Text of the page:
This Cisco ASA Tutorial gets back to the basics regarding Cisco ASA firewalls. I’m offering you here a basic configuration tutorial for the Cisco ASA 5510 security appliance but the configuration applies also to the other ASA models as well (see also this Cisco ASA 5505 Basic Configuration).
The 5510 ASA device is the second model in the ASA series (ASA 5505, 5510, 5520 etc) and is fairly popular since it is intended for small to medium enterprises.
Like the smallest ASA 5505 model, the 5510 comes with two license options: The Base license and the Security Plus license.
The second one (security plus) provides some performance and hardware enhancements over the base license, such as 130,000 Maximum firewall connections (instead of 50,000), 100 Maximum VLANs (instead of 50), Failover Redundancy, etc.
Also, the security plus license enables two of the five firewall network ports to work as 10/100/1000 instead of only 10/100.
Next we will see a simple Internet Access scenario which will help us to understand the basic steps needed to setup an ASA 5510.
Assume that we are assigned a static public IP address 100.100.100.1 from our ISP. Also, the internal LAN network belongs to subnet 192.168.10.0/24.
Interface Ethernet0/0 will be connected to the outside (towards the ISP), and Ethernet0/1 will be connected to the Inside LAN switch. Refer to the diagram below for our example scenario.
The firewall will be configured to supply IP addresses dynamically (using DHCP) to the internal hosts. All outbound communication (from inside to outside) will be translated using Port Address Translation (PAT) on the outside public interface. Let’s see a snippet of the required configuration steps for this basic scenario:
Step1: Configure a privileged level password (enable password)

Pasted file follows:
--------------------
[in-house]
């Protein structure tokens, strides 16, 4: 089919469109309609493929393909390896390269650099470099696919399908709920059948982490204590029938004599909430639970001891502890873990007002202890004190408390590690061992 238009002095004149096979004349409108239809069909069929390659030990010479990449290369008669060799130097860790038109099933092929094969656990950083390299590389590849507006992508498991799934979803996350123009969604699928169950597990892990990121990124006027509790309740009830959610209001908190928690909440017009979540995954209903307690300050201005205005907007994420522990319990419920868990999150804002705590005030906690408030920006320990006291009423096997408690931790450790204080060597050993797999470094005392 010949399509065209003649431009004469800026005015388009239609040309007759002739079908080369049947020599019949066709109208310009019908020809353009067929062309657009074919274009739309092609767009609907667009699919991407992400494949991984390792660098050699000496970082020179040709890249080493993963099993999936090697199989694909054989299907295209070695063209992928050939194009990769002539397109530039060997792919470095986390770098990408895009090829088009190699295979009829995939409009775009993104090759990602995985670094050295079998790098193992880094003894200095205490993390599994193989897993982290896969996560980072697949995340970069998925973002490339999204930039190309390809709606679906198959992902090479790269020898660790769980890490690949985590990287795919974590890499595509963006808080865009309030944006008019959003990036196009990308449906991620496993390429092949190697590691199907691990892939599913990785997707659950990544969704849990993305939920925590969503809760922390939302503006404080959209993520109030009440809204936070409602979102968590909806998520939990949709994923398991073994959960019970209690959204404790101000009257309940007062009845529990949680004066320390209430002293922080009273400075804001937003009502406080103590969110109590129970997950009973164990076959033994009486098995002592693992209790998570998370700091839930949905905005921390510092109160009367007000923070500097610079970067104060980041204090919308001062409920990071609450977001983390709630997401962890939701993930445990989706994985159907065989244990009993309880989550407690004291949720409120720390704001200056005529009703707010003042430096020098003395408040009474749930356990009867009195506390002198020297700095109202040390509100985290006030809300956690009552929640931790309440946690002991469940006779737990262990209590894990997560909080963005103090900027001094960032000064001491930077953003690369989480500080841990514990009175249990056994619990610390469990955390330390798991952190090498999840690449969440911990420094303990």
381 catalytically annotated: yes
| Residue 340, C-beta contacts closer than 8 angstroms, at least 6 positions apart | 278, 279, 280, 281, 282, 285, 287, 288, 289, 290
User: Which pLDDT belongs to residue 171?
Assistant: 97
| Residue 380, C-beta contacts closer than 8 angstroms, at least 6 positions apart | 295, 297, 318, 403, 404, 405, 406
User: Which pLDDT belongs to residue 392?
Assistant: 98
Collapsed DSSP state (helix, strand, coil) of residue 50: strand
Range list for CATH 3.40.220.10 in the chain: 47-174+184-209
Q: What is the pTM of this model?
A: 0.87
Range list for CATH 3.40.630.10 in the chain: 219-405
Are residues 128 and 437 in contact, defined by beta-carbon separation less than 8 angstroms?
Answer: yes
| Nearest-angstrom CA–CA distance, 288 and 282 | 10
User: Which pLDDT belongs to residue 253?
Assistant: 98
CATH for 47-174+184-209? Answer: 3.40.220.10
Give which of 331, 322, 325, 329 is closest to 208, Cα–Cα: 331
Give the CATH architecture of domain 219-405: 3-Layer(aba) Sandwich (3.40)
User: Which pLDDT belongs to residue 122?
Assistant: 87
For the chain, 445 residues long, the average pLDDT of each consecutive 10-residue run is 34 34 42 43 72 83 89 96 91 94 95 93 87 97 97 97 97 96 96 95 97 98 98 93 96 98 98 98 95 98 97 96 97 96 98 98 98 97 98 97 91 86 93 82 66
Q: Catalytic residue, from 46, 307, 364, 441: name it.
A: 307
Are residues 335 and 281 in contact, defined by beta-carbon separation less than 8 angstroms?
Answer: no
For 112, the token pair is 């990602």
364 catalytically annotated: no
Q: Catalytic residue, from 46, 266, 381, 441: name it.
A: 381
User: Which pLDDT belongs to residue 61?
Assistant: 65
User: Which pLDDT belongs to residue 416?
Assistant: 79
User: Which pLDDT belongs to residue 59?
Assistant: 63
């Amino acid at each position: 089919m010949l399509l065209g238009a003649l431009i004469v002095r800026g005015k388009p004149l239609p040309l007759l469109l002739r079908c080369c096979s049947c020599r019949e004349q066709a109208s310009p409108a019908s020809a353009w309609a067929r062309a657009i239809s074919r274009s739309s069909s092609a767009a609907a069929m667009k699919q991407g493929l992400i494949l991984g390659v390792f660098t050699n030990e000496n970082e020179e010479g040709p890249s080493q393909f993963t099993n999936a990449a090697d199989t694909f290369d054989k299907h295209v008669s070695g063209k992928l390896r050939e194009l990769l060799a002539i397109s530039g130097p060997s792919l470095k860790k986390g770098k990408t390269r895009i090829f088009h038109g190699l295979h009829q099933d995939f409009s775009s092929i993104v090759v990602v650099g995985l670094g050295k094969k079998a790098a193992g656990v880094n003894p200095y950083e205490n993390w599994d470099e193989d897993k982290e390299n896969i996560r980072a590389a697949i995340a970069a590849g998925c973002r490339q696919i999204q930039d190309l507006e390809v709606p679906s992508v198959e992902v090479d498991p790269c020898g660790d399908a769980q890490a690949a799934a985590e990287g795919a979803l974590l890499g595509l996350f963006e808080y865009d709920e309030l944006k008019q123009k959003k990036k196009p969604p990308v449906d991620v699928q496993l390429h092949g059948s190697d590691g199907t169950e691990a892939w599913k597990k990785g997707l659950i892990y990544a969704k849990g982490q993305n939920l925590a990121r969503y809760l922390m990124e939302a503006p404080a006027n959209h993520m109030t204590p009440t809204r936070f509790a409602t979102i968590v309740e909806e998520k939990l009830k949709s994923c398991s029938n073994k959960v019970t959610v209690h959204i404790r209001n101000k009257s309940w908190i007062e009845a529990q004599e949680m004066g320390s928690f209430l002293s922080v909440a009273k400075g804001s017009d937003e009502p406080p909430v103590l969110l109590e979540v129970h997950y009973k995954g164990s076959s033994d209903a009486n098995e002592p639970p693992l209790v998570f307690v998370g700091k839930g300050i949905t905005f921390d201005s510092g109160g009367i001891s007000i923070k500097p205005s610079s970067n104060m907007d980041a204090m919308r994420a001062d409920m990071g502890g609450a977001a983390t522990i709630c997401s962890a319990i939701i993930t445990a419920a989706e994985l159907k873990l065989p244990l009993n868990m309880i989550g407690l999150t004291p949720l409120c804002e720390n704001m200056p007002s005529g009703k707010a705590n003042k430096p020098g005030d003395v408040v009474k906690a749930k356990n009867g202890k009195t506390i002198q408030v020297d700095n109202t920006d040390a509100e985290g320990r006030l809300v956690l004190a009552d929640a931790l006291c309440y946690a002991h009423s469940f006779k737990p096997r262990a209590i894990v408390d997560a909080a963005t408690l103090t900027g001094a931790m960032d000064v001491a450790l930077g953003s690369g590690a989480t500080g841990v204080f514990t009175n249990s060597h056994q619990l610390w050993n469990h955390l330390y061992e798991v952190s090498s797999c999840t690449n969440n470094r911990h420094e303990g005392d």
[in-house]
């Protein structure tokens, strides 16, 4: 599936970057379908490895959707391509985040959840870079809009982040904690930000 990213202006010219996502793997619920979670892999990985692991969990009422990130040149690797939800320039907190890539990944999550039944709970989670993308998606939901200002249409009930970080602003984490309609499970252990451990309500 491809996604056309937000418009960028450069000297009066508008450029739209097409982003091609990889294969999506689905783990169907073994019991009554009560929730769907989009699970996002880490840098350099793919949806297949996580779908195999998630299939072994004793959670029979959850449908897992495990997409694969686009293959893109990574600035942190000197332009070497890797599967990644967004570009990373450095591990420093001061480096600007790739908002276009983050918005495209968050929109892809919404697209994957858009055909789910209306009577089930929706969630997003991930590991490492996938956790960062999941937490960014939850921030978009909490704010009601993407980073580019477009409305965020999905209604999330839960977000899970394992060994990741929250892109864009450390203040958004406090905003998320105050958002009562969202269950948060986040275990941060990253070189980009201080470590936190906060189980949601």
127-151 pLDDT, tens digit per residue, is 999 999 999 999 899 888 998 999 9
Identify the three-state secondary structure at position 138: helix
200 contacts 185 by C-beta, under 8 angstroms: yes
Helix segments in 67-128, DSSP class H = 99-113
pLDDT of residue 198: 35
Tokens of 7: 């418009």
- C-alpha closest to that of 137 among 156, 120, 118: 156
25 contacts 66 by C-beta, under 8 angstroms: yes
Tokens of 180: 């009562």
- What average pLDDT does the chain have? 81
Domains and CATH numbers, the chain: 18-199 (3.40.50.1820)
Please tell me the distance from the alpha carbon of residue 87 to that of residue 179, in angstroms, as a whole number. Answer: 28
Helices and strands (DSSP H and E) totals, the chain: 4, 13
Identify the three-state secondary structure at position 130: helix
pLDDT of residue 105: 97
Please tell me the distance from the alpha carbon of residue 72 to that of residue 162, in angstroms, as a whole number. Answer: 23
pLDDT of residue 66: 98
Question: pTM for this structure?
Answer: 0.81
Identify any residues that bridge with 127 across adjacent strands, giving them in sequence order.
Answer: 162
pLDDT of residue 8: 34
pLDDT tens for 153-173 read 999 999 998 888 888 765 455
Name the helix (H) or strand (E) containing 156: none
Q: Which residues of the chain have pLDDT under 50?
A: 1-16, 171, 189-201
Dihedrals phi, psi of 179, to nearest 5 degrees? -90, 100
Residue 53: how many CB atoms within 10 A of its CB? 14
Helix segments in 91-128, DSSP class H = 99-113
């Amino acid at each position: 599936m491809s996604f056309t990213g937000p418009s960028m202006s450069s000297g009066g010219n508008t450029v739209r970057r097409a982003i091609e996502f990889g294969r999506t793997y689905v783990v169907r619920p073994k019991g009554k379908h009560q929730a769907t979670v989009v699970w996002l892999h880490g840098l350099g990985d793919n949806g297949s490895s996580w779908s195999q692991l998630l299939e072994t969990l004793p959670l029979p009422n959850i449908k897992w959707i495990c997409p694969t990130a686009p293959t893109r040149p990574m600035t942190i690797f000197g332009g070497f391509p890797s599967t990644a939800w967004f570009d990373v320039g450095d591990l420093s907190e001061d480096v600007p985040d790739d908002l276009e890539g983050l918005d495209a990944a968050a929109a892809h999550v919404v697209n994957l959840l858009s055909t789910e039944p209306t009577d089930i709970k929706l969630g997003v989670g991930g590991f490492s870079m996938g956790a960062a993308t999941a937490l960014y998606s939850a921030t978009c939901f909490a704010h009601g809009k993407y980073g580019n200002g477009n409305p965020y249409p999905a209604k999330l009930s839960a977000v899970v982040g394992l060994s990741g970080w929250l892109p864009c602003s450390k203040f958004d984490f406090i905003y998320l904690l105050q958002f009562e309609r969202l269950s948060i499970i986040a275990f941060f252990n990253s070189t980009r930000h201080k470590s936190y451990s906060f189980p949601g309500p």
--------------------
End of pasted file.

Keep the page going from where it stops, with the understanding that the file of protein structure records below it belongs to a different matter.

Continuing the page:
By default there is no password for accessing the ASA firewall, so the first step before doing anything else is to configure a privileged level password, which will be needed to allow subsequent access to the appliance. Configure this under Configuration Mode:
ASA5510(config)# enable password mysecretpassword
Step2: Configure the public outside interface
ASA5510(config)# interface Ethernet0/0
ASA5510(config-if)# nameif outside
ASA5510(config-if)# security-level 0
ASA5510(config-if)# ip address 100.100.100.1 255.255.255.252
ASA5510(config-if)# no shut
Step3: Configure the trusted internal interface
ASA5510(config)# interface Ethernet0/1
ASA5510(config-if)# nameif inside
ASA5510(config-if)# security-level 100
ASA5510(config-if)# ip address 192.168.10.1 255.255.255.0
ASA5510(config-if)# no shut
Step 4: Configure PAT on the outside interface
ASA5510(config)# global (outside) 1 interface
ASA5510(config)# nat (inside) 1 0.0.0.0 0.0.0.0
UPDATE for ASA Version 8.3 and later (including ASA 9.x)
From March 2010, Cisco announced the new Cisco ASA software version 8.3. This version introduced several important configuration changes, especially on the NAT/PAT mechanism.
The “global” command is no longer supported. NAT (static and dynamic) and PAT are configured under network objects. The PAT configuration below is for ASA 8.3 and later:
object network obj_any
subnet 0.0.0.0 0.0.0.0
nat (inside,outside) dynamic interface
Step 5: Configure Default Route towards the ISP (assume default gateway is 100.100.100.2)
ASA5510(config)# route outside 0.0.0.0 0.0.0.0 100.100.100.2 1
Step 6: Configure the firewall to assign internal IP and DNS address to hosts using DHCP
ASA5510(config)# dhcpd dns 184.108.40.206
ASA5510(config)# dhcpd address 192.168.10.10-192.168.10.200 inside
ASA5510(config)# dhcpd enable inside
The above basic configuration is just the beginning for making the appliance operational. There are many more configuration features that you need to implement to increase the security of your network, such as Static and Dynamic NAT, Access Control Lists to control traffic flow, DMZ zones, VPN etc.
I just tried to offer you a starting point for a basic configuration from where you can build your knowledge further. For a more complete practical guide about Cisco ASA Firewall configuration I suggest you to read the “Cisco ASA Firewall Fundamentals – 3rd Edition” ebook at the link HERE.
- Configuring Connection Limits on Cisco ASA Firewalls – Protect from DoS
- Configuring AAA Authentication-Authorization-Accounting on Cisco ASA Firewall (TACACS+, RADIUS)
- Cisco ASA Firewall Management Interface Configuration (with Example)
- How to Configure Access Control Lists on a Cisco ASA 5500/5500-X Firewall (with Examples)
- Cisco ASA Firewall Packet Tracer for Network Troubleshooting